Day #1: The Year the LP starts with the Gods of Rock

Led Zeppelin IV album coverSeems like a good day to start a blog.

Let Wednesday, September 22, 2010 serve as the beginning of The Year of the LP!

So what album is kicking it off, you ask? Only one of the top-selling records of all time, containing the assumed most-requested rock song ever…

Led Zeppelin IV, released 1971.

Of course things would start out with the ultimate classic rock band, Led Zeppelin. They fit so perfectly into the era when vinyl was tops, and it clearly shows with this recording. A personal favorite of mine for a long time, Zeppelin IV has no band name or album title written anywhere on the cover. They hated the whole media-generated hype monster, and basically wanted to let the music speak for itself. Definitely passes the badass test.

Led Zeppelin IV back cover

The back cover

Awesome cover art; I’ve even seen some of these images replicated as tattoos. They’re pretty iconic pictures, and certainly add the mystique and uniqueness of Led Zeppelin.

Led Zeppelin inner cover art

A close-up of the detailed town on the inside cover

The God of Thunder himself, Jon Bonham, destroyed his kit on these songs. The awesomely nifty drum fill at the end of “Rock n Roll” and continuous pounding on “When the Levee Breaks” are face-melting good. He definitely holds a spot on my personal Mt. Rushmore of drummers. And what can I say about Page and Plant that hasn’t already been said? Plus, I got the chance to see the less-appreciated John Paul Jones with Them Crooked Vultures last year. Trust me, he’s just as talented as the rest of Zeppelin. Rippin’ the Key-tar!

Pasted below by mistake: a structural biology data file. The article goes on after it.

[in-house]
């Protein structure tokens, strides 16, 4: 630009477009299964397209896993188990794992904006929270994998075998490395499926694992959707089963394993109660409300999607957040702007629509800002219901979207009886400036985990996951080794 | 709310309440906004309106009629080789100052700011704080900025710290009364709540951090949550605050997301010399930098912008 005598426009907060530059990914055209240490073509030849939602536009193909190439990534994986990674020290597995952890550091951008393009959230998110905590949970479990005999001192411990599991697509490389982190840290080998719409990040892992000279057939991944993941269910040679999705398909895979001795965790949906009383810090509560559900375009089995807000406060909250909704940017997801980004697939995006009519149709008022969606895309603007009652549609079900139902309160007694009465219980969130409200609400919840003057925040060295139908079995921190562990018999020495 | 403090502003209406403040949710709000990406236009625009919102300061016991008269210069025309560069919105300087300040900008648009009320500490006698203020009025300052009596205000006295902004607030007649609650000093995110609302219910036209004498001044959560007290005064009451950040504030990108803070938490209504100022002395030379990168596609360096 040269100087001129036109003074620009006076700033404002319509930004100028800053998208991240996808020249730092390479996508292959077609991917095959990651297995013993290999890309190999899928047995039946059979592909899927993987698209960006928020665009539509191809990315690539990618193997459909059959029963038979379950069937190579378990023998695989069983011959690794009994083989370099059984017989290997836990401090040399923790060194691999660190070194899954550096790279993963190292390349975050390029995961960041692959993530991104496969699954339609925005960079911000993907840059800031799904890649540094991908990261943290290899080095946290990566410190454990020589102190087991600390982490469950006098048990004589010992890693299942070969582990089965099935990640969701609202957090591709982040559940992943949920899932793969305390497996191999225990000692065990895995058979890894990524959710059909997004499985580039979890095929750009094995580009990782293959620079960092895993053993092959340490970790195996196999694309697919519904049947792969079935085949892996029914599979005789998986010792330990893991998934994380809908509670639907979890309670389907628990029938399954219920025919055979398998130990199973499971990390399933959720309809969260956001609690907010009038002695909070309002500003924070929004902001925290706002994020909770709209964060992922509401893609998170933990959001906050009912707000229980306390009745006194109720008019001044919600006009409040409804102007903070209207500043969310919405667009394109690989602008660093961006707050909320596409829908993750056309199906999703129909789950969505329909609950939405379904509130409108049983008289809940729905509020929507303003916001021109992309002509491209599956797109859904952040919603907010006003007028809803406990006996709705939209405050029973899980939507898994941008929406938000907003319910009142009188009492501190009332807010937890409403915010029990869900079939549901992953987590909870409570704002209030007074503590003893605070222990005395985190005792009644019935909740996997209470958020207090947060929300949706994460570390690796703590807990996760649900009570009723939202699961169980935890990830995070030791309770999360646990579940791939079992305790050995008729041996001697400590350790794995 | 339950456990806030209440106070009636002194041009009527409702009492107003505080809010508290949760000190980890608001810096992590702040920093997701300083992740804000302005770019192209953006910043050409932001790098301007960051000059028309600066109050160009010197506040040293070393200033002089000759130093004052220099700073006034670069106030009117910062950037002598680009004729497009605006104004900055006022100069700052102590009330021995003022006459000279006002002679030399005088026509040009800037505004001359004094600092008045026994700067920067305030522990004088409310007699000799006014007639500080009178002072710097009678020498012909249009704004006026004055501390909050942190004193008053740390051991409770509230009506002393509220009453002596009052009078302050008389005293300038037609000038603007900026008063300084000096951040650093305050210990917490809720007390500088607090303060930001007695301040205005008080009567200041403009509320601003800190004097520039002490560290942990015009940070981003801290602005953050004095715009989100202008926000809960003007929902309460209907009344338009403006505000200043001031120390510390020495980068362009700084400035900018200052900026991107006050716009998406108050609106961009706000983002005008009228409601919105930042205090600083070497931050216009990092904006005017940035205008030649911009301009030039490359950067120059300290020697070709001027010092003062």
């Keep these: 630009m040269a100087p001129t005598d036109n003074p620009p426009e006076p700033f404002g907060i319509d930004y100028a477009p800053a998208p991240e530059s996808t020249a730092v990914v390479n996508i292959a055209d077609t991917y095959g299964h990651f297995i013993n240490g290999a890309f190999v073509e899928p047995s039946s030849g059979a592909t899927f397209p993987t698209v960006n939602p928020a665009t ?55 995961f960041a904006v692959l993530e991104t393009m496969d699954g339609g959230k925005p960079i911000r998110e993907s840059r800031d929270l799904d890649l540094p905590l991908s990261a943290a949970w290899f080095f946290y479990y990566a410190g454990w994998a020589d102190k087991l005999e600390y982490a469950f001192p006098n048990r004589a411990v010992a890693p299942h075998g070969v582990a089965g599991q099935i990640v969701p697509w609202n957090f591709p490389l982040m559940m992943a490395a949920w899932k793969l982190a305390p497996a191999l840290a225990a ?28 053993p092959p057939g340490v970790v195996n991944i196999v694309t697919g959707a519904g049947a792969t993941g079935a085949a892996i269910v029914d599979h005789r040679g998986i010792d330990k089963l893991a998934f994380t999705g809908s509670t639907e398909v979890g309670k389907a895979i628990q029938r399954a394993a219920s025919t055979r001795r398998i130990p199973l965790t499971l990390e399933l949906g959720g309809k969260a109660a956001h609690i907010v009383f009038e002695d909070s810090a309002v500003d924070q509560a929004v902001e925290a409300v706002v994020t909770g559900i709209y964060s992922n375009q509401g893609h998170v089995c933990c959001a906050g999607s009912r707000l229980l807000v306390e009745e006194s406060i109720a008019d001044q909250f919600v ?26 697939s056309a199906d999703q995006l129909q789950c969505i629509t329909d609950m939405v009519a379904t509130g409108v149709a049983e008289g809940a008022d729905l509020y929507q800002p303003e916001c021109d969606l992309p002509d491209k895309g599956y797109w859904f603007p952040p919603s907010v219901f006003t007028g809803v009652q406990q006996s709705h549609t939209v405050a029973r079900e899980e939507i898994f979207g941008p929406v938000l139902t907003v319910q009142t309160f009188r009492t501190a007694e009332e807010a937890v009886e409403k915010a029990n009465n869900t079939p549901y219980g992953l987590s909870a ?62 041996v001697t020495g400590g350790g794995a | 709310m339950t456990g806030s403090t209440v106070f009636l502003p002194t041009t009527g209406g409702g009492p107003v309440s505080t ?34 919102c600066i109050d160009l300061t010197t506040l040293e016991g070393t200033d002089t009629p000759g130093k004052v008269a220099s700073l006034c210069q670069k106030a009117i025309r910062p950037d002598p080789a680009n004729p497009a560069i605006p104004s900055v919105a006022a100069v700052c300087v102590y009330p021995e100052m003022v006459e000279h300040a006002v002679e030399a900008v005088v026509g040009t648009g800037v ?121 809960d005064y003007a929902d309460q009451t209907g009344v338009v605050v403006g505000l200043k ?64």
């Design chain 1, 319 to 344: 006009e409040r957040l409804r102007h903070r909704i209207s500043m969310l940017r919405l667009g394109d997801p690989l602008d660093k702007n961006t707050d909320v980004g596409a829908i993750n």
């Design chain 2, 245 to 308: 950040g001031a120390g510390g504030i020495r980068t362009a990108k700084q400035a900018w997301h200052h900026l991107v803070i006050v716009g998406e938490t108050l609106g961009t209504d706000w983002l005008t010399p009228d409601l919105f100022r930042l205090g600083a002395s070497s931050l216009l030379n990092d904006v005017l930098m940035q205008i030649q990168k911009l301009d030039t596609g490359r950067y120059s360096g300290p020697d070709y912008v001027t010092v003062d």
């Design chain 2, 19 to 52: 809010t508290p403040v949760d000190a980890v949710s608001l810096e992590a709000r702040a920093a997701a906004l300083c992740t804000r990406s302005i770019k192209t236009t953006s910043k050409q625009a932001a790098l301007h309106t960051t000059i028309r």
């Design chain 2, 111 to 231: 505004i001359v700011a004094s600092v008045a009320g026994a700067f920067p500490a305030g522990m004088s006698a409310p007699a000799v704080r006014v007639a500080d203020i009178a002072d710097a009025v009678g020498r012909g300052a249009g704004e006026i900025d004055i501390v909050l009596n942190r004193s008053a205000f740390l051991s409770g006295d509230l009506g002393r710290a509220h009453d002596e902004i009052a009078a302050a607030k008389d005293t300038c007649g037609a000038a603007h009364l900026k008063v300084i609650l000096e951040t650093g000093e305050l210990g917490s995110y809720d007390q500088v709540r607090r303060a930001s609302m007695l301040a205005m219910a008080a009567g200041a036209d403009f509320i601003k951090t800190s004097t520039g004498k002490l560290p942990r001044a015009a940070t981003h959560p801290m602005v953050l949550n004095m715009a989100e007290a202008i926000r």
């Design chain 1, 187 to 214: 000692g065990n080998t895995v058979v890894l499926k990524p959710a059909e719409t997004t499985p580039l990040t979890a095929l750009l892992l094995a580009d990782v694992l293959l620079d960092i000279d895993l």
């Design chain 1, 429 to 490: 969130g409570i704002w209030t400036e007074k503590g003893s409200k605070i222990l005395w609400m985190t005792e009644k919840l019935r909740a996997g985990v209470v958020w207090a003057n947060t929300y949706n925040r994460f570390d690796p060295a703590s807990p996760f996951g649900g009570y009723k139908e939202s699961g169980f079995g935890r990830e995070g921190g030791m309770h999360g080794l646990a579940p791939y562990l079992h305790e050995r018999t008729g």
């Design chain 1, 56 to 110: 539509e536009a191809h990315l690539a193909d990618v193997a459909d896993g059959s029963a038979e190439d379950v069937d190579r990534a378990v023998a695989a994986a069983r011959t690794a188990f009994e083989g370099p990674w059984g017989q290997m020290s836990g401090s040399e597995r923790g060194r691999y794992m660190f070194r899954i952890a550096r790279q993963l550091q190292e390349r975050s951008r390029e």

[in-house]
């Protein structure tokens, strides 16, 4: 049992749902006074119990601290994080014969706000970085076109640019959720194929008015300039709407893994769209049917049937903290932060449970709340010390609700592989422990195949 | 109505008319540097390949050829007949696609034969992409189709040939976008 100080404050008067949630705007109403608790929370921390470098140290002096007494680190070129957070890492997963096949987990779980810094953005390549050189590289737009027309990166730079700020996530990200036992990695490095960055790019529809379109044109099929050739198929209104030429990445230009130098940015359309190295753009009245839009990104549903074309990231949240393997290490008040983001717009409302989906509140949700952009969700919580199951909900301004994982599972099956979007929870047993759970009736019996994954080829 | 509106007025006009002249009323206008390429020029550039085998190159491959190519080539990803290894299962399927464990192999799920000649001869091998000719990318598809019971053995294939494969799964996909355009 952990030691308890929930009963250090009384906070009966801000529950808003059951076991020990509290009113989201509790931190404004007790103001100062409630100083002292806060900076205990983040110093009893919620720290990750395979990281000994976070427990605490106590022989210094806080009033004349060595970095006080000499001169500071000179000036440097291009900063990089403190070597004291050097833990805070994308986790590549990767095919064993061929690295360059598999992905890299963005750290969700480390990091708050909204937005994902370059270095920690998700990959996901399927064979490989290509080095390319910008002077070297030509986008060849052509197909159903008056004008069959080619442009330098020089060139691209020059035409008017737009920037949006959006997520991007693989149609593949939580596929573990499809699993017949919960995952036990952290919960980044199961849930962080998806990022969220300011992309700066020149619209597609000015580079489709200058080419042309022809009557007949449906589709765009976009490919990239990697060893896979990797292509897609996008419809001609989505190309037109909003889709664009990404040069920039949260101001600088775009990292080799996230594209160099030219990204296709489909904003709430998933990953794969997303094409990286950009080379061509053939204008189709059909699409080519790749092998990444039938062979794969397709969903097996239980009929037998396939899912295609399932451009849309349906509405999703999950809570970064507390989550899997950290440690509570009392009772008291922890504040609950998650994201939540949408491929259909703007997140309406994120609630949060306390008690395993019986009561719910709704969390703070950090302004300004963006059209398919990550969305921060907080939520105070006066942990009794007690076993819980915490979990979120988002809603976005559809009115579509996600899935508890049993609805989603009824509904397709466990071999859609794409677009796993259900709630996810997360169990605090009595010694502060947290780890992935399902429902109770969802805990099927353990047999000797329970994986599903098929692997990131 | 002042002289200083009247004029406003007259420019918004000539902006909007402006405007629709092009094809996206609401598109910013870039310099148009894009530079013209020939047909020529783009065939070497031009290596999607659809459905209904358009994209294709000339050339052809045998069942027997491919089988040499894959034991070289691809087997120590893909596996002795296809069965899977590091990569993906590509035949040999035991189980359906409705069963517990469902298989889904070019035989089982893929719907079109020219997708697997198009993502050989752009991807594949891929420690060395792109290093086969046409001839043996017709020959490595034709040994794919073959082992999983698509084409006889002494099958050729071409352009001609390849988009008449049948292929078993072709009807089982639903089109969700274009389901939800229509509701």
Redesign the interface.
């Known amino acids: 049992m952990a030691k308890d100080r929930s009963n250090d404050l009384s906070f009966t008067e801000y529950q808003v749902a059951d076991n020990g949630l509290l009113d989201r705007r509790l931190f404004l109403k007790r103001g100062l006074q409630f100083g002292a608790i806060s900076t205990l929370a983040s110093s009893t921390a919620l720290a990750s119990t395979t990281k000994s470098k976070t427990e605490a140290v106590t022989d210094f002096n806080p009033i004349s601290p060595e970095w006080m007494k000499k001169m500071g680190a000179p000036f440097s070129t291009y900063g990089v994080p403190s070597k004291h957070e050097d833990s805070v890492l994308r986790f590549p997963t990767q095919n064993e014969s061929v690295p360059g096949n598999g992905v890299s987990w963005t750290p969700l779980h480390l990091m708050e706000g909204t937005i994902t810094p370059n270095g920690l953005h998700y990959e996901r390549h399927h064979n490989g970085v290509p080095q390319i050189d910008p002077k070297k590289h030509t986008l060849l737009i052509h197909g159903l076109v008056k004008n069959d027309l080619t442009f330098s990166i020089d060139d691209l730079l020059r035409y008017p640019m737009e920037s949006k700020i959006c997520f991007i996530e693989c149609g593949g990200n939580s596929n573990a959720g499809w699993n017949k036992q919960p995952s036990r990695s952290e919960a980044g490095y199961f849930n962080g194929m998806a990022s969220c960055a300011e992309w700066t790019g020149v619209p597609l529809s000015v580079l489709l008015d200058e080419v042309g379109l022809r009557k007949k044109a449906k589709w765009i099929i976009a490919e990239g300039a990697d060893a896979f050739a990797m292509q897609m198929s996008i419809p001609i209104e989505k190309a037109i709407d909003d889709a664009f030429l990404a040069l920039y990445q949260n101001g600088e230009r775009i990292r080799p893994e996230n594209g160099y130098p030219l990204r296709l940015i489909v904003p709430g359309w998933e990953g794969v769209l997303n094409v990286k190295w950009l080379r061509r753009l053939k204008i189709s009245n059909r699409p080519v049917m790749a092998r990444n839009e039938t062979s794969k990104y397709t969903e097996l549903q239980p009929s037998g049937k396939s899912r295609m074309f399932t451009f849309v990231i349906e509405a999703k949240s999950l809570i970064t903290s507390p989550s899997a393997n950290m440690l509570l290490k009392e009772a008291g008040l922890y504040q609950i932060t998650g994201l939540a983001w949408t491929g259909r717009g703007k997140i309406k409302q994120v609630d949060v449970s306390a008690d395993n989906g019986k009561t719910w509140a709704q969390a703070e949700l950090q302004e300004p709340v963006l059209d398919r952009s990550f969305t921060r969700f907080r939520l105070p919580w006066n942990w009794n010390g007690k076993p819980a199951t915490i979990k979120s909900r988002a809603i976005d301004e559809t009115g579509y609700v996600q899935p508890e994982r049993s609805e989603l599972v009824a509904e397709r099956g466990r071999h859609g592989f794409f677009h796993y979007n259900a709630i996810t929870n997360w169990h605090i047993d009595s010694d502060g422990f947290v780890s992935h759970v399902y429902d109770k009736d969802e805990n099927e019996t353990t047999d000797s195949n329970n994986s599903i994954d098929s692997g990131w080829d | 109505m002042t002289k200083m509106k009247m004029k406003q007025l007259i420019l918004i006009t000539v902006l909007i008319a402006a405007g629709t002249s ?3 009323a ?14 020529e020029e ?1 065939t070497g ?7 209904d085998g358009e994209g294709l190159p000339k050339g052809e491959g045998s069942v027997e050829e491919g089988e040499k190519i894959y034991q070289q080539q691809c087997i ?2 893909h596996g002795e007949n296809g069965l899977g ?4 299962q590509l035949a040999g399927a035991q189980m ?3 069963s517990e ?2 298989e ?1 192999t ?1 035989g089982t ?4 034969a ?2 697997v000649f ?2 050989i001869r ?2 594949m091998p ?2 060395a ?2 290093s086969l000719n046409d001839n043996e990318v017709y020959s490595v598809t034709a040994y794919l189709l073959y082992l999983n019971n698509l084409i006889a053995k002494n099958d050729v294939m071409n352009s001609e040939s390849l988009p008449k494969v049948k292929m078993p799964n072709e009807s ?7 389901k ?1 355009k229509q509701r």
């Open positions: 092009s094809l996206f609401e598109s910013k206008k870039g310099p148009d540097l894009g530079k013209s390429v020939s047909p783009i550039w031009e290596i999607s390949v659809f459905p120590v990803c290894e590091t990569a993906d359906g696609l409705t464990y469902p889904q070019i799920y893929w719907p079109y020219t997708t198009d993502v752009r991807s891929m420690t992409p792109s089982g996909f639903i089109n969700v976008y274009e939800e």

The sensational dynamics in “Stairway to Heaven” and the cohesiveness of “When the Levee Breaks” serve as a testament to their chemistry as a band. How cool would it have been to sit in on recording sessions for this album?

While listening, there were some significant pops caused by the ever-tyrannical dust flecks, but no real skips. The quality is great considering how old this particular copy of the album likely is.

Led Zeppelin IV Sleeve

The record sleeve inside Led Zeppelin IV

Making their debut on this album sleeve were the four symbols, representative of each band member. You know, the whole “Zoso” thing. I heard a rumor Bonham’s symbol, composed of three interlocking circles and pasted on his bass drum, was chosen because it was the logo of his favorite beer brewery. Natch.

Led Zeppein IV Inside Cover

The inside cover

All in all, a fantastic, very sought-after record, and a true gem of my collection. This was bought from Half Price Books in Corpus Christi, one of the last places to find vinyl in the entire town. I was pumped when I found it, and bought it before I even had a turntable.

So there you have it, the inaugural post. Some may be longer, some shorter. But there will always be one, so check back tomorrow for another installment of the Year of the LP.

-Eric

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